Ask the average person if they'd prefer a Chinese restaurant that doesn't cook with MSG, and they'll probably say yes. Ask them what MSG is, and they'll probably give you a blank stare.
Why do we have such a strong belief that MSG—it stands for monosodium glutamate, by the way—is unhealthy? It's not like saturated fat, or sugar, or even sodium, nutrients that the FDA has at one time or another declared as something that should be limited. The FDA considers MSG safe to eat for the general population. So do most food scientists. And it's freaking delicious.
It's not that there's no reason for anyone to ever avoid MSG. But the notion that the average person should steer clear from it is unfounded.
First, let's explain what MSG is. There are five basic tastes, and Westerners have always been fond of developing new shades of sweet, sour, bitter and salty. But we took our sweet time becoming properly acquainted with the fifth taste, umami, which translates from Japanese as "pleasant savory taste." It's the kind of meaty, brothy flavor that can be found in fish sauce, soy sauce, mushrooms, yeasty foods like Vegemite, and to a lesser degree, steak and cheese.
It's not that Americans have never enjoyed the flavor, but we haven't cultivated entire cuisines around it in quite the same way as Asia has (consider the fermented fish sauce-soaked fare of Vietnam and the seaweed-rich cuisine of Japan). In 1908, the Japanese biochemist Kikunae Ikeda isolated monosodium glutamate after a particularly delicious bowl of soup sent him on a quest to unlock the chemical composition of umami, which he eventually did by extracting it from wheat and defatted soybean. MSG is distilled umami—it's a sodium ion and a glutamate ion hitched together—and a century later we can thank Mr. Ikeda for making super savory snacks simpler to synthesize.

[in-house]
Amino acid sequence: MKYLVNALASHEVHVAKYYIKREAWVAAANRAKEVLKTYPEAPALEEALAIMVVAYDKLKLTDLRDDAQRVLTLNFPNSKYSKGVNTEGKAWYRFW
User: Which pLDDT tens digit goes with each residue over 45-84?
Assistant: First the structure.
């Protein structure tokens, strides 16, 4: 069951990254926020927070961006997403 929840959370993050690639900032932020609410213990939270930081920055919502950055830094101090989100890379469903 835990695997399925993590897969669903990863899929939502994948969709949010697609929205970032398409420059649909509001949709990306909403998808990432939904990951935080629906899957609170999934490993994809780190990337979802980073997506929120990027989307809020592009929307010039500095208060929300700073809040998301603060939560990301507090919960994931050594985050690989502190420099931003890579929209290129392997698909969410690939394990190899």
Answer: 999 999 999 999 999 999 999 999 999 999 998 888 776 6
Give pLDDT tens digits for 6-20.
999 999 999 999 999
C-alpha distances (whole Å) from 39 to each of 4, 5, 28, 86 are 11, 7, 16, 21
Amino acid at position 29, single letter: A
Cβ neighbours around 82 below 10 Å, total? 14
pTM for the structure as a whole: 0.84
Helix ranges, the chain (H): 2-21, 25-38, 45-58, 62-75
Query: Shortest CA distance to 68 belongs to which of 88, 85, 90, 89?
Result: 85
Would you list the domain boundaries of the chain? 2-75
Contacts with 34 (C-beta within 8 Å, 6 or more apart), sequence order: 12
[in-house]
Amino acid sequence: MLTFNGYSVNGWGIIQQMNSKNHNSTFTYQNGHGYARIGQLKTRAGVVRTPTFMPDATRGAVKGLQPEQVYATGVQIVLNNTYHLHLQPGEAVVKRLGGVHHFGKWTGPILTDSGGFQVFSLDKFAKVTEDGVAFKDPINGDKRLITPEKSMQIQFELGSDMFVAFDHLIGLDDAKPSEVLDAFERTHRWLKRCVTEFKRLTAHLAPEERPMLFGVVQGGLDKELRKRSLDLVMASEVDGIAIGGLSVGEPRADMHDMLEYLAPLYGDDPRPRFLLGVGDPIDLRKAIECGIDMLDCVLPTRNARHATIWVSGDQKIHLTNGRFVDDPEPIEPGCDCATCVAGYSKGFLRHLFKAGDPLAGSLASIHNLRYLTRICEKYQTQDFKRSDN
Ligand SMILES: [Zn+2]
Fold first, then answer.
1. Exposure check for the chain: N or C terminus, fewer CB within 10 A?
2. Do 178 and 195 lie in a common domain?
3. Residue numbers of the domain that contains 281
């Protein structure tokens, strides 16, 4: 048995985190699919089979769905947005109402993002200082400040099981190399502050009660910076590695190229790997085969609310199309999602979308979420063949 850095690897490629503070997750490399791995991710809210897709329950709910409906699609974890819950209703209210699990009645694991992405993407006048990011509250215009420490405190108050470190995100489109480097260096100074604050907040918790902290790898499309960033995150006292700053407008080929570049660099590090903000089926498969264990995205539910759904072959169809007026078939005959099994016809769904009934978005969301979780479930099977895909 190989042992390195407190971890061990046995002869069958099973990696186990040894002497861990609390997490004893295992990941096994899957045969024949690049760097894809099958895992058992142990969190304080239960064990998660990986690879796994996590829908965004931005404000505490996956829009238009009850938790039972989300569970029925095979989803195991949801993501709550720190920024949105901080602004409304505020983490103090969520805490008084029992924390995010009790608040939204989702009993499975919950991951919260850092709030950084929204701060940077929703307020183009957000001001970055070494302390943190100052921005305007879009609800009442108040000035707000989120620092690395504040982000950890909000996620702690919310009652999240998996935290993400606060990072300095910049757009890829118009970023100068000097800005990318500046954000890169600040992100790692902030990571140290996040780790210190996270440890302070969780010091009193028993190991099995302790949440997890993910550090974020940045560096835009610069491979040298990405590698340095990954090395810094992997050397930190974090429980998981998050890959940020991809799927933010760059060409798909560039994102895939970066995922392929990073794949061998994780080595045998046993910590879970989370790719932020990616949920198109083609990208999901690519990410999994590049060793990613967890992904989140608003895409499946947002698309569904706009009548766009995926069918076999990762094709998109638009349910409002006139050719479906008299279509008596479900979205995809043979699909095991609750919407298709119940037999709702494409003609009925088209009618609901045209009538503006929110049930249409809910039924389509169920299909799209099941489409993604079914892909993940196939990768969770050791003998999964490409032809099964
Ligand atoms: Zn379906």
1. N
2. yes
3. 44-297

And Then There Was Fear.
Hands started wringing in 1968, when the Chinese-American physician Robert Ho Man Kwok wrote to the New England Journal of Medicine to complain of feelings of numbness, tingling, and warmth after eating Chinese Food. He called it Chinese Restaurant Syndrome (CRS) and proposed a possible link with MSG, which led to a flurry of other readers sending in letters about their own experiences with CRS.
Because of public concern, the FDA and the Center for Food Safety and Applied Nutrition commissioned an independent review to find out if MSG could be toxic, and that's where things started getting dicey. Study after study began calling out MSG as not only a cause of CRS, but also fat gain, headaches, and asthma attacks.
"The reason I think there's some confusion is those studies aren't really great quality," says Kamal Patel, director of the independent nutrition research organization Examine.com. "When you do trials putting MSG against a placebo to see if there's any short-term effect, the evidence is actually pretty mixed, and there aren't that many randomized trials on MSG. There have only been two large-ish trials, both of which were funded by the International Glutamate Technical Committee that was headed by Ajinomoto, the biggest producer of MSG. They found that with around 2.5 to 5 grams of MSG, some people have some kind of reaction, whether it's headache, nausea, general feeling of discomfort."
There were plenty of problems, though. The first is that these results weren't reproducible; it was found to be unlikely that the same people would experience the same reaction again. The second is that the gold standard in scientific studies is the randomized controlled trial, of which there have been few. The third is that taking that much pure MSG has a very, very different effect from consuming it in a meal.